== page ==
I think Now Dance is fairly well represented here with a quarter of its playlist present (well, if you included Imagination on the next volume that is). But you’re right, The RAH Band would have been a nice inclusion.

    A few other missing songs (that missed out on both Now 1985 sets): Love and Pride – King, You Spin me Round – Dead or Alive, Walls come Tumbling Down – Style Council, I Know Him so Well – Elaine Paige/Barbara Dickson, Since Yesterday – Strawberry Switchblade, Harold Faltermeyer – Axel F, I Feel Love – Bronski Beat/Marc Almond, Close (to the Edit) – Art of Noise, Lean on Me -Red Box, anything by Springsteen and maybe even the not very good but still a huge hit and a Now 5/Hits 3 straddler, Frankie. I might even make a case for the pretentious but still a favourite of mine, Election Day.
    Like 84, 85 is one of my favourite years so to fit them all in would be impossible.

    And then of course there’s Madonna. Possibly her biggest year of the 80s, three huge singles (and a couple of others that were no slouches). My choice, Into the Groove.

    • nlgbbbblth says:

      Hi – fair point re the other Now Dance tunes. I suppose I was looking back to where they were first compiled (and in 7″ form). For Madonna – a massive year – Into The Groove would be my choice too. A View To A Kill – Some Like It Hot – Election Day would be a brilliant sequence!

  2. cosmo says:

    I’ve always much preferred 85 to 84 music-wise. And yes, I would need 3 sets of 6 CDs worth to fit in all of my favourite tunes from 82, 85 and 88. (For a year with such a supposedly weak summer, it had loads of “summery” tunes in the charts!)

    Yes, the Anniversary version was better and was a corker – but this one was uniformly excellent too. Though Eurythmics There Must be an Angel and A-Ha’s Take on Me are painful omissions. Madonna (who was one of the year’s top acts) seems to never make it onto Now compilations? (Agreed on Into the Groove.)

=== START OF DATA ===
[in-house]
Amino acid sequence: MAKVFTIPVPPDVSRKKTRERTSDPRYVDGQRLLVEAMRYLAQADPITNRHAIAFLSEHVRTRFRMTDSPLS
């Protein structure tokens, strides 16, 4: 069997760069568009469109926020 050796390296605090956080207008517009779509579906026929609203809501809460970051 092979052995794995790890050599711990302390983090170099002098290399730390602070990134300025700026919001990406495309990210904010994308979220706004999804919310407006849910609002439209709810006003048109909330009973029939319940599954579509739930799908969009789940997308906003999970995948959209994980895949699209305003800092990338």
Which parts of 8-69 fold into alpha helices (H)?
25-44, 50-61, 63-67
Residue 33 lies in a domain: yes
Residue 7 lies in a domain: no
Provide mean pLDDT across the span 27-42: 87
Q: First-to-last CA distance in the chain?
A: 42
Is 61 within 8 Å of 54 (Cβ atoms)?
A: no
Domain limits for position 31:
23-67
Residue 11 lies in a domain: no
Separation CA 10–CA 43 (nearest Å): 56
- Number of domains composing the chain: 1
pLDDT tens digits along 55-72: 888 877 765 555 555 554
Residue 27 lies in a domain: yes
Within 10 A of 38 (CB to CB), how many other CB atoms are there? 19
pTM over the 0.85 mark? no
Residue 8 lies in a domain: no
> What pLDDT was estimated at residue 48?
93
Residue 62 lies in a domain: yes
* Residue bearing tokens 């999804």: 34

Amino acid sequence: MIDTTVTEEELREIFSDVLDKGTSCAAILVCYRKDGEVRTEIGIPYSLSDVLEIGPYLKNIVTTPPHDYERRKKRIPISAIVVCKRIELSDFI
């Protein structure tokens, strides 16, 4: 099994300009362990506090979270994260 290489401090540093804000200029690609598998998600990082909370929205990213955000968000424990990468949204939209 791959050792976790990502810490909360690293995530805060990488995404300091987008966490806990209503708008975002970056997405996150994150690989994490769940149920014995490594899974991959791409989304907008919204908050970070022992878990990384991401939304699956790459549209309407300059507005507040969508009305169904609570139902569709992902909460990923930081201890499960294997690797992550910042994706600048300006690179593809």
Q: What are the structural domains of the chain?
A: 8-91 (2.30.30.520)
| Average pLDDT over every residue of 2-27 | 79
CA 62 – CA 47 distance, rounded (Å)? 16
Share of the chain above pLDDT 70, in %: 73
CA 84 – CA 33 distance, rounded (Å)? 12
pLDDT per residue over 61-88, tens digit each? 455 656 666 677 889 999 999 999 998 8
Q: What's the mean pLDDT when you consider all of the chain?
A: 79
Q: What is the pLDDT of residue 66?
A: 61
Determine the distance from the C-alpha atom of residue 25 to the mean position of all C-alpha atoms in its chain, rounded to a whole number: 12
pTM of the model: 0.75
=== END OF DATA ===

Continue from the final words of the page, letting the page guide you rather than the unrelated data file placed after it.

The dance sequence on CD2 would have benefitted with the inclusion of Amii Stewart’s Friends and the Rah Band’s Clouds Across the Moon.
    And probably another nice inclussion (though pushing it a bit) would be When Love Breaks Down by Prefab Sprout.
    I really can’t highlight any track here though, as this album is still fab. Probably Dan Hartman was the “surprise” track on this album (good as it is, not my favourite if his).

    And with Queen you could never go wrong. “Fried Chicken!”

    • Feel the Quality says:

      The Madonna absence is always something that baffled me. I could see her not being included on the main series back in the day as the Hits series monopolised her (and seemingly most of the big USA acts) but when the 10th Anniversary editions came along, they included a lot of those giant artists such as Prince, George Michael, Whitney Houston and others. Yet Madonna was still conspicuous by her absence.

    • nlgbbbblth says:

      Cosmo – nice shout outs for Prefab Sprout and Amii Stewart. Two fantastic singles of that year.

  3. andynoax says:

    I generally prefer 1985 to the year before, and this collection does a pretty good job of compiling the year, although King and Dead Or Alive are big omissions for me. Good to have Dan Hartman and a lesser heard U2 track on here.

    Goodness me, disc 2 gets very dull in the middle though. The Phil Collins track at least should definitely get the push!